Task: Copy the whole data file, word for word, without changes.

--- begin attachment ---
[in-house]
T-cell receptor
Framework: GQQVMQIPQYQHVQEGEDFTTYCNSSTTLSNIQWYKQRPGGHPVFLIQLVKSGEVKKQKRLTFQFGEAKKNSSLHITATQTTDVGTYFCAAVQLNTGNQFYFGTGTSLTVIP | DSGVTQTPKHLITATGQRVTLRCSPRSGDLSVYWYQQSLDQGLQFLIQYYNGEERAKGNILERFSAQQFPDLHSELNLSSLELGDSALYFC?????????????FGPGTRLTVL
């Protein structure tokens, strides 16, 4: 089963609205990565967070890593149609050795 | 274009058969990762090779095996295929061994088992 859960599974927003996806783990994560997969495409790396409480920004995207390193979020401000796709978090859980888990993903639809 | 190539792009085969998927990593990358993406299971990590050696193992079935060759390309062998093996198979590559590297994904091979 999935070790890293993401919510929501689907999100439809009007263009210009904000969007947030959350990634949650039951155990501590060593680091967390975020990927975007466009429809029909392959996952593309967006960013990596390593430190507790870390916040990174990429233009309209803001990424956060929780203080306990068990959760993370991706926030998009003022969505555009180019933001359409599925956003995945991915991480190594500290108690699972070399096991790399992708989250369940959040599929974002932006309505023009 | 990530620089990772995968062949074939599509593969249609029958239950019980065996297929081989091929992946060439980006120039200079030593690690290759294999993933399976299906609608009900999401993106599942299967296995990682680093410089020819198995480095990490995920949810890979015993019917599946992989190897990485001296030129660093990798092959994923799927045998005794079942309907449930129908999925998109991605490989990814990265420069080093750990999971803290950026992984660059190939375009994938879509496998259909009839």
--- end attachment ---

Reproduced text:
[in-house]
T-cell receptor
Framework: GQQVMQIPQYQHVQEGEDFTTYCNSSTTLSNIQWYKQRPGGHPVFLIQLVKSGEVKKQKRLTFQFGEAKKNSSLHITATQTTDVGTYFCAAVQLNTGNQFYFGTGTSLTVIP | DSGVTQTPKHLITATGQRVTLRCSPRSGDLSVYWYQQSLDQGLQFLIQYYNGEERAKGNILERFSAQQFPDLHSELNLSSLELGDSALYFC?????????????FGPGTRLTVL
């Protein structure tokens, strides 16, 4: 089963609205990565967070890593149609050795 | 274009058969990762090779095996295929061994088992 859960599974927003996806783990994560997969495409790396409480920004995207390193979020401000796709978090859980888990993903639809 | 190539792009085969998927990593990358993406299971990590050696193992079935060759390309062998093996198979590559590297994904091979 999935070790890293993401919510929501689907999100439809009007263009210009904000969007947030959350990634949650039951155990501590060593680091967390975020990927975007466009429809029909392959996952593309967006960013990596390593430190507790870390916040990174990429233009309209803001990424956060929780203080306990068990959760993370991706926030998009003022969505555009180019933001359409599925956003995945991915991480190594500290108690699972070399096991790399992708989250369940959040599929974002932006309505023009 | 990530620089990772995968062949074939599509593969249609029958239950019980065996297929081989091929992946060439980006120039200079030593690690290759294999993933399976299906609608009900999401993106599942299967296995990682680093410089020819198995480095990490995920949810890979015993019917599946992989190897990485001296030129660093990798092959994923799927045998005794079942309907449930129908999925998109991605490989990814990265420069080093750990999971803290950026992984660059190939375009994938879509496998259909009839």